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Saving water

Many of us may not realise that our water use at home contributes to our energy bills.

Saving water can reduce your water bill (if you’re on a water meter), reduce your energy use and bills, reduce the impact on your local environment, and reduce carbon dioxide emissions by using less energy to pump, heat and treat the water.

Water is intrinsically linked to energy. But most of us underestimate the energy water companies need to treat and pump water into homes - Scottish Water is the largest user of electricity in Scotland. 

When we use water, we are using energy, mostly to heat the water. Generating energy produces carbon dioxide emissions which is one of the main greenhouse gases causing climate change. Heating water for use in our homes makes up about 4% the UK’s total carbon dioxide emissions.

 

Water savers vs. water wasters

Which one are you - A or B?

Heating water

The hot water in your home is likely heated by one of two methods - a boiler or immersion heater - unless you have installed a renewable heating alternative such as a heat pump.

 

 

 

 

Save water at home

No-one likes to waste water. However, many of us don't realise that water usage contributes to energy bills. 

Simple water use changes can save you money.

 

 

Five quick wins to save money on your hot water bills

  1. Use less water, and hot water in particular.
     
  2. Insulate your hot water cylinder – a well fitted tank jacket could save you around £18 a year, more if you heat your water electrically. Insulating the hot water pipes will save more energy, and can help your taps to run hot more quickly.
     
  3. Controls - make sure you have the right controls, and have them set correctly to give you enough hot water when you want it, and not when you don’t. 
     
  4. Fuel switching – gas is cheaper than electricity or oil, so consider switching if you can. 
     
  5. Solar – once fitted, solar water heating can provide a good proportion of your hot water requirements with virtually no running costs. If you have a combi boiler, you may not be able to fit solar water heating, but you may be able to fit a Passive Flue Gas Heat Recovery Device (PFGHRD). This recovers additional heat from the boiler’s flue gases and uses it specifically to heat the hot water supply.
     

Water-saving products

Water-efficient showerheads

New water-efficient showerheads use technology that can produce water flows that feel far higher than they actually are - an easy way to save both water and energy. They are most effective on power and mixer showers with a high flow rate. You should not attach a low flow showerhead to an electric shower as this could cause possible damage to your shower unit.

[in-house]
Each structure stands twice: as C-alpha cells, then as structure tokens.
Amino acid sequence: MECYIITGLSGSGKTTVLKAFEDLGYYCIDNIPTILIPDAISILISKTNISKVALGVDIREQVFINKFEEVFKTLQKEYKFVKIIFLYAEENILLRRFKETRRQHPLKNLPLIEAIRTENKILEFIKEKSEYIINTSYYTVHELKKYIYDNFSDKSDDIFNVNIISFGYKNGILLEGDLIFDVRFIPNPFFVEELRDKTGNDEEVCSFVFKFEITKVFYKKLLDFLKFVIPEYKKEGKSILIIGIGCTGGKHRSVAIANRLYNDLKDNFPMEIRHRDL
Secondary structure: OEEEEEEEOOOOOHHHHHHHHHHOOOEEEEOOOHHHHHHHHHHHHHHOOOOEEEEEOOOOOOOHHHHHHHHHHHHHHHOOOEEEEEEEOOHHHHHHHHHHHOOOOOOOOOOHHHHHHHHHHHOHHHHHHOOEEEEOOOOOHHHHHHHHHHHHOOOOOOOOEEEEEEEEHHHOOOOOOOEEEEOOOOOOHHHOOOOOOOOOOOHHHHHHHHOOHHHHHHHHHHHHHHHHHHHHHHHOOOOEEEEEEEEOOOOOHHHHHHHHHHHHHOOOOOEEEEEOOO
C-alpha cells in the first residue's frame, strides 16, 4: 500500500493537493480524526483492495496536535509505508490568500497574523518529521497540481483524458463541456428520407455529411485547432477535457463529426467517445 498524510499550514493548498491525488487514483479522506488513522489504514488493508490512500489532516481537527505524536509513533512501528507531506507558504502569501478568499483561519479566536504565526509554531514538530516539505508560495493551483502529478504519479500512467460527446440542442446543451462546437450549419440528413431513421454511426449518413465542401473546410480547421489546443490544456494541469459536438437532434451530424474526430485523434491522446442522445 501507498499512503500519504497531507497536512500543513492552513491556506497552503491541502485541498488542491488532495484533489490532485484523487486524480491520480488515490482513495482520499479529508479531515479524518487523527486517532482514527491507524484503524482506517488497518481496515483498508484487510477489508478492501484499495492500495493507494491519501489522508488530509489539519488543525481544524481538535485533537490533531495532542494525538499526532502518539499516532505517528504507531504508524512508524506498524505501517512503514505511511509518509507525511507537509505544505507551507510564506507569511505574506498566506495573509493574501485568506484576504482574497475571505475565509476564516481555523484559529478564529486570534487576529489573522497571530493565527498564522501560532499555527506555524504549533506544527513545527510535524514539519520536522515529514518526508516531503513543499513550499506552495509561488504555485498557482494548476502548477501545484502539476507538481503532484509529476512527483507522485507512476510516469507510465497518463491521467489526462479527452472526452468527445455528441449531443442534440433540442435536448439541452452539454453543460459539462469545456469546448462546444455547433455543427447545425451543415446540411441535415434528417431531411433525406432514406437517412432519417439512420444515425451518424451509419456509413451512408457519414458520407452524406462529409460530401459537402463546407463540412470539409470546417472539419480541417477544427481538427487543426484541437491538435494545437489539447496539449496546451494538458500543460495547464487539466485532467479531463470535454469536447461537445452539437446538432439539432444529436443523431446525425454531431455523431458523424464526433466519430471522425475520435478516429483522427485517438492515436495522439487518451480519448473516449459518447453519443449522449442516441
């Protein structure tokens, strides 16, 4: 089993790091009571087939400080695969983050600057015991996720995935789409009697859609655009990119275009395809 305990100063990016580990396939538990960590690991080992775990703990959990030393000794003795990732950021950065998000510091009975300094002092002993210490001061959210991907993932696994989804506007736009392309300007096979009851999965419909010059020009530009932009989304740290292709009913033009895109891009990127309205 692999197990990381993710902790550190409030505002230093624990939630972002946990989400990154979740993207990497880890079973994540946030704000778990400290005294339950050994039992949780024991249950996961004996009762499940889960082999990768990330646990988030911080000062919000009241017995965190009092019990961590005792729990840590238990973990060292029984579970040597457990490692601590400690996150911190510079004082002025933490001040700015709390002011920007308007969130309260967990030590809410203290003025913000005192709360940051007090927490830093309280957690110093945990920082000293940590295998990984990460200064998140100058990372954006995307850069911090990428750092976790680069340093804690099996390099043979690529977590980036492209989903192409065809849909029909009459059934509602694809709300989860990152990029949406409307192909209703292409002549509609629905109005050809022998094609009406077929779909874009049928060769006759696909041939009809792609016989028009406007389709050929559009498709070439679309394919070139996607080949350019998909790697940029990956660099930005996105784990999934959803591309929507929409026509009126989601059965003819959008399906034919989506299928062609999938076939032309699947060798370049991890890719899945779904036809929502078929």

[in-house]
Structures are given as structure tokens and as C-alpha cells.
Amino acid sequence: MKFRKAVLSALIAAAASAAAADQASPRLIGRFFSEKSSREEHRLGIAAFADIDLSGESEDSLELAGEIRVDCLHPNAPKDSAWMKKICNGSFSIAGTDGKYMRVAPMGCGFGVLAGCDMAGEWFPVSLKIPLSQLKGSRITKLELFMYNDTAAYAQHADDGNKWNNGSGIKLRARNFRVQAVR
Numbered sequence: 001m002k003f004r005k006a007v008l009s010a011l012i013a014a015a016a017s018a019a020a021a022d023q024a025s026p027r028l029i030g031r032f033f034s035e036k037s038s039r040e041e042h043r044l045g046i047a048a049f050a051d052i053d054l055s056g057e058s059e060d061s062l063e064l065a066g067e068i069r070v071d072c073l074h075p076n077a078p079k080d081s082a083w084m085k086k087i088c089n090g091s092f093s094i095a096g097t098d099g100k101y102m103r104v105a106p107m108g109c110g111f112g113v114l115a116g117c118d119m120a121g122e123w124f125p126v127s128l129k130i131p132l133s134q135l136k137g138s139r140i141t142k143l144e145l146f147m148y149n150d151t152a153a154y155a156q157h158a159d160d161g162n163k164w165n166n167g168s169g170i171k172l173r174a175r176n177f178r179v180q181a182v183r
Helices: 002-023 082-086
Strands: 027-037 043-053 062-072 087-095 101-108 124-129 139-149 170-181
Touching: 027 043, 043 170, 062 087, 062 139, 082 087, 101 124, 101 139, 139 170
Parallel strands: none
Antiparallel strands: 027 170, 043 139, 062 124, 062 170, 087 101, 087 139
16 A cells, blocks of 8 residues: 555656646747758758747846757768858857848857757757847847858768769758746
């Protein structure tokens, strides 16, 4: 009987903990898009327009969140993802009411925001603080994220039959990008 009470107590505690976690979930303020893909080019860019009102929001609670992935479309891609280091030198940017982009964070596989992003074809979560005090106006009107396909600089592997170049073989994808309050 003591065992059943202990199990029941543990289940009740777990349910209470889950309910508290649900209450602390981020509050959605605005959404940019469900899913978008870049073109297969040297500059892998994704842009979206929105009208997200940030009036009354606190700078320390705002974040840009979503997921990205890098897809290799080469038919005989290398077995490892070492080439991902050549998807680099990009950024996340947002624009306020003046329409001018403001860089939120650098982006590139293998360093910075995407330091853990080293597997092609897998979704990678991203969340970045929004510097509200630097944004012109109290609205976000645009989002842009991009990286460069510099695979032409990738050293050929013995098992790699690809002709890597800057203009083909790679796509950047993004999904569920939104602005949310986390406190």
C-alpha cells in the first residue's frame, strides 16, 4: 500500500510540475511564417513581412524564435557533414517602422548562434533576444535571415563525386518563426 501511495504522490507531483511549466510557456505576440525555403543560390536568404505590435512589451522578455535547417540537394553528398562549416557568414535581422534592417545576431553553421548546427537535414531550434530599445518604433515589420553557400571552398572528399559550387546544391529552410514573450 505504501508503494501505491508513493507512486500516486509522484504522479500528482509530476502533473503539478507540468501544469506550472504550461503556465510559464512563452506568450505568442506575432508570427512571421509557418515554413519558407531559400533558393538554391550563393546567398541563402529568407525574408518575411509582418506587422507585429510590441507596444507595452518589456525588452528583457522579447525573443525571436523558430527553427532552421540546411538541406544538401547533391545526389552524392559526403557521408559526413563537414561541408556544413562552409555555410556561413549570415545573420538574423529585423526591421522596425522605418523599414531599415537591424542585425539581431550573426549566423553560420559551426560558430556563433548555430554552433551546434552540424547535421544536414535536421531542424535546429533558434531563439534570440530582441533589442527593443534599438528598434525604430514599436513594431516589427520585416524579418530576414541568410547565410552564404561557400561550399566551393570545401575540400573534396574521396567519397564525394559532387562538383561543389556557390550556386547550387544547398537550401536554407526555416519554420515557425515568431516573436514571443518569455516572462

Reduced-capacity baths

A standard bath has a capacity of around 80 litres, so even when it’s less than half full it uses a lot of water. If you’re buying a new bath, look for one with a lower capacity. Of course, you can always save water and money by taking a quick shower instead of a bath.

Water-efficient appliances

Looking to replace water-using appliances such as dishwashers or washing machines? Look for products with the new Water Efficient Product Label and/or the Waterwise Recommended Checkmark as these models can help you to save water, energy and money.

Lower flow taps

Taps with a low flow rate can be fitted to bathroom and kitchen sinks. Click point taps are better for kitchen sink taps; aerated or regulated flow taps are more suitable for a bathroom sink; but all work very well.

Flow tap aerators and regulators

If you’re not replacing taps or shower units, you can still save water by fitting flow regulators to showers and aerators to taps. Flow devices are easy to install. They often contain precision-made holes, filters or flow aerators to regulate the flow of water without changing how it feels to you. If you have an electric shower you should not fit a flow regulator as this could cause possible damage to your shower unit.

Water efficiency labelling

To help you identify water-efficient products, look for the European Water Label (pictured) that is an easy way to recognise bathroom products which, when installed and used correctly, will use less water, save energy and save money. Award-winning water-efficient products, may also carry the Waterwise Recommended Checkmark.


 

More information…